In the annals of Marvel Comics motion picture adaptations, 2007’s Ghost Rider is a sad, misguided footnote barely worth expending the energy to mention. Helmed by Daredevil director Mark Steven Johnson, it was a tediously limp franchise launch that impressively managed to render a tragic flaming biker skeleton boring. No mean feat, that! However, despite toxic word of mouth and a flurry of critical jabs, the lifeless origin tale managed to gross a respectable, if somewhat discouraging, $228-million dollars worldwide. Remarkably quickly, the usual studio sequel chatter withered on the vine, as audience demand for the next chapter was roughly as voluble as the sound of a lone tumbleweed lazily rolling across the barren desert plain.
Of course, never underestimate the motivational power of being forced to forfeit the rights to an iconic fanboy property! In an effort to keep the languishing superhero under the studio umbrella, and away from rival Marvel Studios, Sony dusted off a near-decade old script by Blade and Batman Begins scribe David S. Goyer and enlisted deranged directorial duo Mark Neveldine and Brian Taylor of Crank fame to reignite the Rider. The off-kilter end result, Ghost Rider: Spirit of Vengeance, is a crazed hallucination of nonsensical, frenzied idiocy that somehow manages to out-stupid its insipid predecessor while still crossing into shameless guilty pleasure territory. Make no mistake; as a film it’s ten tonnes of terrible. That said, in the interest of full disclosure, I’m compelled to confess that I was occasionally amused by its unrepentant bargain barrel trashiness.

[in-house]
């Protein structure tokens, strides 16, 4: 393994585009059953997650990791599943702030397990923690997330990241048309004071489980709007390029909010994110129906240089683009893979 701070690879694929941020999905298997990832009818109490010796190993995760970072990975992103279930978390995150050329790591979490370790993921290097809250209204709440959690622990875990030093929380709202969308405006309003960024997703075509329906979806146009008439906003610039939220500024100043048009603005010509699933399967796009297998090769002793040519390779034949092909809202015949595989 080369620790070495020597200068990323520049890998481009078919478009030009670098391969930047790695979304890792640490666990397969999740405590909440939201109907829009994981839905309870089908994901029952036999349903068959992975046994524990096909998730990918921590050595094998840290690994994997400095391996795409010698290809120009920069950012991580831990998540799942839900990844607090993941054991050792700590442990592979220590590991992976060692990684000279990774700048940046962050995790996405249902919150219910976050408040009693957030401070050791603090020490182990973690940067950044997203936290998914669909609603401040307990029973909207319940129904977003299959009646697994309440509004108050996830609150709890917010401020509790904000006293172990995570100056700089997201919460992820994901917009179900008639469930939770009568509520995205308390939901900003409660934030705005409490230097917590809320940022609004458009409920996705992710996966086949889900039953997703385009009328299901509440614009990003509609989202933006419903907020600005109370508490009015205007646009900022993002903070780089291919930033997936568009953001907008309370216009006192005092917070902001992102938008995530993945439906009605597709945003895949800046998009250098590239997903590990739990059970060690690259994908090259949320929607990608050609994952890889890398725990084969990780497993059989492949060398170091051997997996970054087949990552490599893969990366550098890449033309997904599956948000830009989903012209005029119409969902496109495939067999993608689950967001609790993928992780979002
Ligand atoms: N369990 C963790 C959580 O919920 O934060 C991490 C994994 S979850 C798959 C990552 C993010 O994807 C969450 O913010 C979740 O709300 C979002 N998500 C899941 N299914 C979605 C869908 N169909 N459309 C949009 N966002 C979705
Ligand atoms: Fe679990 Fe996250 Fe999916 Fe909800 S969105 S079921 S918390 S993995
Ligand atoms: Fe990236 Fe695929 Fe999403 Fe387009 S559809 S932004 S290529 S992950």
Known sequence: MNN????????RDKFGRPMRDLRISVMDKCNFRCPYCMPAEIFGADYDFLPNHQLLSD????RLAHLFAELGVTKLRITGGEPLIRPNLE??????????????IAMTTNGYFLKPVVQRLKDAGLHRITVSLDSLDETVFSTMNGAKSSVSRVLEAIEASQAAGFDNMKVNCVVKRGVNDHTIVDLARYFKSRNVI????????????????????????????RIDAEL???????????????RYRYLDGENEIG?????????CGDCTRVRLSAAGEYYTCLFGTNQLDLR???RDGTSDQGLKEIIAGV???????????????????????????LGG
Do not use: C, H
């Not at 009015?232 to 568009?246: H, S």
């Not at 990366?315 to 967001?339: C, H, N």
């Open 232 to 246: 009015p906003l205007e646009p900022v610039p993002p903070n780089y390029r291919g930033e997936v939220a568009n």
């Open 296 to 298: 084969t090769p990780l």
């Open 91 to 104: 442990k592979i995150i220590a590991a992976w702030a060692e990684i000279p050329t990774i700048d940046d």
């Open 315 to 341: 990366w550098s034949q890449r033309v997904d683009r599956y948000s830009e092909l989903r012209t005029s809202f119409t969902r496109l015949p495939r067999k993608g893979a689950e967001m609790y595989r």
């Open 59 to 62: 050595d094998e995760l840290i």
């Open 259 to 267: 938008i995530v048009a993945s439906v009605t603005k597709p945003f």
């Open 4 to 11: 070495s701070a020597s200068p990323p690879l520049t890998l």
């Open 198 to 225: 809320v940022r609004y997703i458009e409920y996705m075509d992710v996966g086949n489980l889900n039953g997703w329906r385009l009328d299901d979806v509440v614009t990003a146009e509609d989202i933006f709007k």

Stripping away most of the elements established in the original, Spirit of Vengeance picks up with cursed stunt-artist Johnny Blaze (Nicolas Cage, the sole casting leftover) adrift in strangely desolate Eastern Europe. Nomadic, friendless and plagued mercilessly by the powerful demon raging with him, he’s recruited by a wine-guzzling monk named Moreau (Idris Elba) to help prevent the Devil (Ciarán Hinds) from achieving unimaginable power. His villainous plot centers on a young boy named Danny (Fergus Riordan), whose actual parentage is a secret long kept by his resourceful and tough mom Nadya (Violante Placido). Now hunted by a team of bounty hunters led by vicious pretty-boy killer Ray Carrigan (Johnny Whitworth, who dons a bad rockstar wig after being transformed into the evil Blackout), the family has no one to turn to except the unpredictable and dangerous Blaze, who desperately needs to succeed in his grim task if he ever hopes to regain his long lost humanity.
Neveldine/Taylor – as they concisely credit themselves – have never been particularly skilled at storytelling. Their Crank movies, and the spastic, migraine-inducing Gamer, were intentionally obnoxious exercises in chaotic, go-for-broke insanity and guerilla-style filmmaking showiness (the pair are known to shoot their action by whizzing around on rollerblades). For better or worse, Ghost Rider 2 cheerfully follows their usual manic modus operandi, with cheerfully dopey visuals – slightly more subdued than usual, probably due to the sadly underutilized 3D – propping up a sloppy joke of a script. There is some fun stuff here, amidst the flotsam, such as a massive fiery mining crane smashing enemies into cinders or a scene in which the hero pees fire. Seriously.